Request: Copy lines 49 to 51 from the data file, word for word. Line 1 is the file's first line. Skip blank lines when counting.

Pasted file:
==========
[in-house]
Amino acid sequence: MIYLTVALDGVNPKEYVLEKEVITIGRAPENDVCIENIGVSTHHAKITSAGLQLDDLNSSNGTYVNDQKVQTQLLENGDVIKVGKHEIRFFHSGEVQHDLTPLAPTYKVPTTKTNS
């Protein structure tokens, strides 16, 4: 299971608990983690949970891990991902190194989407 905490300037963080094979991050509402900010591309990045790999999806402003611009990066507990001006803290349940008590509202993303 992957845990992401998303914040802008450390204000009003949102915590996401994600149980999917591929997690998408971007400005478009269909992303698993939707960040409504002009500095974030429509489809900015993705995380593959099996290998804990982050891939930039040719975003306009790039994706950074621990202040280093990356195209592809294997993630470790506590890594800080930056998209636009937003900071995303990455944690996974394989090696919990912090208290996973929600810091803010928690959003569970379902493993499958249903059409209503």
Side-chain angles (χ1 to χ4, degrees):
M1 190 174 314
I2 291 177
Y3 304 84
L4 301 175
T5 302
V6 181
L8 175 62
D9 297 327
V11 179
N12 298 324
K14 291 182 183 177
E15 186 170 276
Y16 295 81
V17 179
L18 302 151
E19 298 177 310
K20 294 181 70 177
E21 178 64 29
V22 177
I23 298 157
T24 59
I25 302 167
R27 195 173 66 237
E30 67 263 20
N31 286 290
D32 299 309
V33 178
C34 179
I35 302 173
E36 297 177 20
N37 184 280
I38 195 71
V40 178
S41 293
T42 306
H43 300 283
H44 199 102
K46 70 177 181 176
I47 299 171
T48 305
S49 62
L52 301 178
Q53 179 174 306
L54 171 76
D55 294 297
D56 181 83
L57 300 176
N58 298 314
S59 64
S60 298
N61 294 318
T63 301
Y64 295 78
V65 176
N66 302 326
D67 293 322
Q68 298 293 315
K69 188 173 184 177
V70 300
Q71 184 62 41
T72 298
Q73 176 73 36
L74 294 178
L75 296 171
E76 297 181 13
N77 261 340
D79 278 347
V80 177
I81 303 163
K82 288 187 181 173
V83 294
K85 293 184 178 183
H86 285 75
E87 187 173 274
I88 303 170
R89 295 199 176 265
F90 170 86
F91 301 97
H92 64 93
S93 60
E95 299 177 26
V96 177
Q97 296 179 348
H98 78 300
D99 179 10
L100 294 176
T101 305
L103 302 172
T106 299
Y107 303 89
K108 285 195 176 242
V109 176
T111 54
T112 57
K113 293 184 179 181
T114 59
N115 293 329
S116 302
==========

D55 294 297
D56 181 83
L57 300 176